‘It is my hope that one day Black women will stop being asked to Europeanize their natural hair’
Black children are often ostracized, bullied, disciplined unjustly, or compelled to acquiesce and assimilate to school policies that exclude hairstyles associated with natural hair. Such discriminatory practices usually result in feelings of humiliation, sadness, anger, and frustration for the child who is subjected to them.
White people have pressured Black parents to conform, and they turned to the suppression of natural hairstyles to protect their children. A high schooler in New Jersey by the name of Andrew Johnson was told by a white referee that he would either have to cut his dreadlocks or forfeit a wresting match. The teen sheared off his dreadlocks instead of forfeiting the match. New Jersey’s Governor Phil Murphy commented on the incident stating that he was “deeply disturbed” and that “No student should have to needlessly choose between his or her identity and playing sports.” News outlets reported that the community felt as though this incident was another example of racial bias manifesting over seemingly personal issues such as hairstyles.
Personally, I can recall struggling to feel accepted amongst peers and teachers as a child when my mom styled my natural hair. I begged my mom to get a perm when I experienced racism by a teacher in middle school. My art teacher asked for the entire class to draw one another and pointed me out and said to the students to make sure they “draw my messy big hair.”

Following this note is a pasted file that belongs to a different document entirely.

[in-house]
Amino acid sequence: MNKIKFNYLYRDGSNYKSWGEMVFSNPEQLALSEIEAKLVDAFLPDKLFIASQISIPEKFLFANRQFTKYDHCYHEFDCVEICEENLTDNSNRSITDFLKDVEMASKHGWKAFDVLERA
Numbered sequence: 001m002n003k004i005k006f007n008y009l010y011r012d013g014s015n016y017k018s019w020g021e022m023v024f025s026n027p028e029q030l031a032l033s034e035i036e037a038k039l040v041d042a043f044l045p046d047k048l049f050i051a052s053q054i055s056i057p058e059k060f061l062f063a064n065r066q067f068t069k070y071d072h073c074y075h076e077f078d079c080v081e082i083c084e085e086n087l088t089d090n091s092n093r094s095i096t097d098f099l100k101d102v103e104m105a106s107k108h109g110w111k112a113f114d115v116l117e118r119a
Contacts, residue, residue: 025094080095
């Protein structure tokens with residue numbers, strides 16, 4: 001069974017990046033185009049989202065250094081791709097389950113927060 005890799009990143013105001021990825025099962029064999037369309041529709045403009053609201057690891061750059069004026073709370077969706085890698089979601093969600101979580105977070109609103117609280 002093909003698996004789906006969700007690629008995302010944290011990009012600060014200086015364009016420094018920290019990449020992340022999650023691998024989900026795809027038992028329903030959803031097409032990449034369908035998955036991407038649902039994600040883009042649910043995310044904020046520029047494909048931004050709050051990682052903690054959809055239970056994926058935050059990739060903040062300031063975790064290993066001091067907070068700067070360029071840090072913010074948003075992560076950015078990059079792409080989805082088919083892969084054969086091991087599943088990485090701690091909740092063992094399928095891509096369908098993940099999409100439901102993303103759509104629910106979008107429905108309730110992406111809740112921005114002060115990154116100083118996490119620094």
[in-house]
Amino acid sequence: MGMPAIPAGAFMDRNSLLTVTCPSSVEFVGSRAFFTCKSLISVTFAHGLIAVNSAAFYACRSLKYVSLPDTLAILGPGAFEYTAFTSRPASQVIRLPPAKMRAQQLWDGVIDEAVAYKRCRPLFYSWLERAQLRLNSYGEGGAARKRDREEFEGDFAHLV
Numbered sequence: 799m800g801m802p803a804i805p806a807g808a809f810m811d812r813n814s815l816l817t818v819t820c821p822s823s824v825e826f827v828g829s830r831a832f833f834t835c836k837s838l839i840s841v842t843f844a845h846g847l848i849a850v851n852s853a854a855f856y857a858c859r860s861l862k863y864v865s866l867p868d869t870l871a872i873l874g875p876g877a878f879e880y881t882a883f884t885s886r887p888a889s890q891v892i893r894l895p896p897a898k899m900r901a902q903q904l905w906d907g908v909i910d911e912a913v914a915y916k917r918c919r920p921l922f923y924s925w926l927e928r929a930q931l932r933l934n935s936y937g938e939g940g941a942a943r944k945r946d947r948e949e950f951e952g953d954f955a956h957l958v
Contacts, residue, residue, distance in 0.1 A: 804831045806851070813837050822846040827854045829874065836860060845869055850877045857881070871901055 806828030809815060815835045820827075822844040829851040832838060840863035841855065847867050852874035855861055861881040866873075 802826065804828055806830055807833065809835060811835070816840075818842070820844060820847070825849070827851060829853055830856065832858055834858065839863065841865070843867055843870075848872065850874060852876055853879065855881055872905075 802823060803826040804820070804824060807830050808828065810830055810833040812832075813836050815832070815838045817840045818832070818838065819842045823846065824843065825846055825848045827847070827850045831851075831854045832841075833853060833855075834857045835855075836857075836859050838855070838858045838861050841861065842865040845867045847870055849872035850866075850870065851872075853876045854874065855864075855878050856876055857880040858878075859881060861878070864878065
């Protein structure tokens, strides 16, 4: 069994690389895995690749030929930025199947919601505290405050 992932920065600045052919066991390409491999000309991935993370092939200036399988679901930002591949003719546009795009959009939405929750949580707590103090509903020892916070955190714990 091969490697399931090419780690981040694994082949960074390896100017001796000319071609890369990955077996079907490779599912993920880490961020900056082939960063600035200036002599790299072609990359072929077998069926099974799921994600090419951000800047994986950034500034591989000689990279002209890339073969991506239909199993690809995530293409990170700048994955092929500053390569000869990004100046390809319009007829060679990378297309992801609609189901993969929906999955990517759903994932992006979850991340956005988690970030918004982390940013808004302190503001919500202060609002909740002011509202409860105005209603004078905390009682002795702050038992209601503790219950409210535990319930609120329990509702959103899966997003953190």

Eventually my mom agreed to let me get a perm as she noticed that I was struggling with feelings of sadness because of my natural hair. Every six weeks my hairdresser would apply a chemical called perm which had a horrible smell and burning sensation when applied to my scalp. I thought to myself how racism robbed me of the joy of imperfection. At the time I felt that the “perfect” look was one with bone-straight hair.
Looking back, I wish I would’ve never chemically altered my hair as it became very damaged. I am so thankful that Black women do not have to hide under the guise of acceptability. It is my hope that one day Black women will stop being asked to Europeanize their natural hair as it completely disrespects their African culture.
‘Black hair belongs’
There is no denying that Black women are vulnerable to the effects of the European standard of beauty which is one that emphasizes skin color, body image and hair types. Natural Black hair discrimination in society is a civil rights issue. Nobody should be judged or categorized as “less than” because of features that do not fit typical standards. The issue of Anti-Black hair has filled the courthouses in the United States for decades, with rulings on both sides of the debate.
Thankfully, after more than 40 years the CROWN Act has passed by some states. I think there needs to be more laws enacted across the board in all 50 states. As Governor Lamont shared, hair has nothing to do with competency, work ethic/performance, or qualifications and should not be a determining factor on whether or not Black individuals are afforded employment opportunities or the chance to share the same spaces as their counterparts.
“Black hair is beautiful. Black hair is cultural. Black hair is symbolic. Black hair belongs.”
Candace Laster ’19, ’21 MPH is a candidate in the Master of Public Health program at the University of New Haven. She wrote this as part of her “Public Health Law” class.